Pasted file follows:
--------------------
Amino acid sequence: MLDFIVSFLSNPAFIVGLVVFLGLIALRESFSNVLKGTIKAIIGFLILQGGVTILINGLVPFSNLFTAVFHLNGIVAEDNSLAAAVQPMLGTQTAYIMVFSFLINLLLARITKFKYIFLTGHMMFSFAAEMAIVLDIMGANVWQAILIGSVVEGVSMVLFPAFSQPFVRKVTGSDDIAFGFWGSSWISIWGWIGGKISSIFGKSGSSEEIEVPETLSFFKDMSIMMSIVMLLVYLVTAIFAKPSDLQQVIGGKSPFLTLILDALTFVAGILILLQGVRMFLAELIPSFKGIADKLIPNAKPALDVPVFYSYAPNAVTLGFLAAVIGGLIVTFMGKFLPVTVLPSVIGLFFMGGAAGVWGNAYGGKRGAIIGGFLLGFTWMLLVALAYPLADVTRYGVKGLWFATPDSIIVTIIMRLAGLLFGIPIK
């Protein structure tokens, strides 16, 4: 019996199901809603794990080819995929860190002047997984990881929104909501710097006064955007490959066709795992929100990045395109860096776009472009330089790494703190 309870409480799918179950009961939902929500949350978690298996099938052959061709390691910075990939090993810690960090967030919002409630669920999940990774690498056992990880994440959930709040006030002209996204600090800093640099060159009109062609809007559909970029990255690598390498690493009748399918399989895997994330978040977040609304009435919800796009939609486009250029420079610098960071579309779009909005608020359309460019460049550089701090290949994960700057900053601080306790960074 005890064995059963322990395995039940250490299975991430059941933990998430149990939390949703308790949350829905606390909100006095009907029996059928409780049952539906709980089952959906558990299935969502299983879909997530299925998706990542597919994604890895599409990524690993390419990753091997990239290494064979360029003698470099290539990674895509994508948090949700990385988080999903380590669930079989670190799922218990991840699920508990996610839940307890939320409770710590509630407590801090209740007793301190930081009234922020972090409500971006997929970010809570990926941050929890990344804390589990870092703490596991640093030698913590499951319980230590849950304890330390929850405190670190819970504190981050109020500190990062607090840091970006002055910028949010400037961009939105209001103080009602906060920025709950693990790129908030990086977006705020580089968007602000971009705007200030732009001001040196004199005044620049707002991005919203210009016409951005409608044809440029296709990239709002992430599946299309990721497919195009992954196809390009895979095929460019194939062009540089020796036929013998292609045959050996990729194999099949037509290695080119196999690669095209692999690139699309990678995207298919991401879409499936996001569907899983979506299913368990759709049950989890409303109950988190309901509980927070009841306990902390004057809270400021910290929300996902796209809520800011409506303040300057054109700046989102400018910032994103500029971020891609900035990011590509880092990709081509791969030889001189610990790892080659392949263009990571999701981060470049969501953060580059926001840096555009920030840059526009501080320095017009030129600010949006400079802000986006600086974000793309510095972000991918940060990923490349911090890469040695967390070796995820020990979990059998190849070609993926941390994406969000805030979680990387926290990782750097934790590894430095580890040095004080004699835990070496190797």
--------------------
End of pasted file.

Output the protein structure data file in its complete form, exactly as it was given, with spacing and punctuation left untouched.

Amino acid sequence: MLDFIVSFLSNPAFIVGLVVFLGLIALRESFSNVLKGTIKAIIGFLILQGGVTILINGLVPFSNLFTAVFHLNGIVAEDNSLAAAVQPMLGTQTAYIMVFSFLINLLLARITKFKYIFLTGHMMFSFAAEMAIVLDIMGANVWQAILIGSVVEGVSMVLFPAFSQPFVRKVTGSDDIAFGFWGSSWISIWGWIGGKISSIFGKSGSSEEIEVPETLSFFKDMSIMMSIVMLLVYLVTAIFAKPSDLQQVIGGKSPFLTLILDALTFVAGILILLQGVRMFLAELIPSFKGIADKLIPNAKPALDVPVFYSYAPNAVTLGFLAAVIGGLIVTFMGKFLPVTVLPSVIGLFFMGGAAGVWGNAYGGKRGAIIGGFLLGFTWMLLVALAYPLADVTRYGVKGLWFATPDSIIVTIIMRLAGLLFGIPIK
């Protein structure tokens, strides 16, 4: 019996199901809603794990080819995929860190002047997984990881929104909501710097006064955007490959066709795992929100990045395109860096776009472009330089790494703190 309870409480799918179950009961939902929500949350978690298996099938052959061709390691910075990939090993810690960090967030919002409630669920999940990774690498056992990880994440959930709040006030002209996204600090800093640099060159009109062609809007559909970029990255690598390498690493009748399918399989895997994330978040977040609304009435919800796009939609486009250029420079610098960071579309779009909005608020359309460019460049550089701090290949994960700057900053601080306790960074 005890064995059963322990395995039940250490299975991430059941933990998430149990939390949703308790949350829905606390909100006095009907029996059928409780049952539906709980089952959906558990299935969502299983879909997530299925998706990542597919994604890895599409990524690993390419990753091997990239290494064979360029003698470099290539990674895509994508948090949700990385988080999903380590669930079989670190799922218990991840699920508990996610839940307890939320409770710590509630407590801090209740007793301190930081009234922020972090409500971006997929970010809570990926941050929890990344804390589990870092703490596991640093030698913590499951319980230590849950304890330390929850405190670190819970504190981050109020500190990062607090840091970006002055910028949010400037961009939105209001103080009602906060920025709950693990790129908030990086977006705020580089968007602000971009705007200030732009001001040196004199005044620049707002991005919203210009016409951005409608044809440029296709990239709002992430599946299309990721497919195009992954196809390009895979095929460019194939062009540089020796036929013998292609045959050996990729194999099949037509290695080119196999690669095209692999690139699309990678995207298919991401879409499936996001569907899983979506299913368990759709049950989890409303109950988190309901509980927070009841306990902390004057809270400021910290929300996902796209809520800011409506303040300057054109700046989102400018910032994103500029971020891609900035990011590509880092990709081509791969030889001189610990790892080659392949263009990571999701981060470049969501953060580059926001840096555009920030840059526009501080320095017009030129600010949006400079802000986006600086974000793309510095972000991918940060990923490349911090890469040695967390070796995820020990979990059998190849070609993926941390994406969000805030979680990387926290990782750097934790590894430095580890040095004080004699835990070496190797």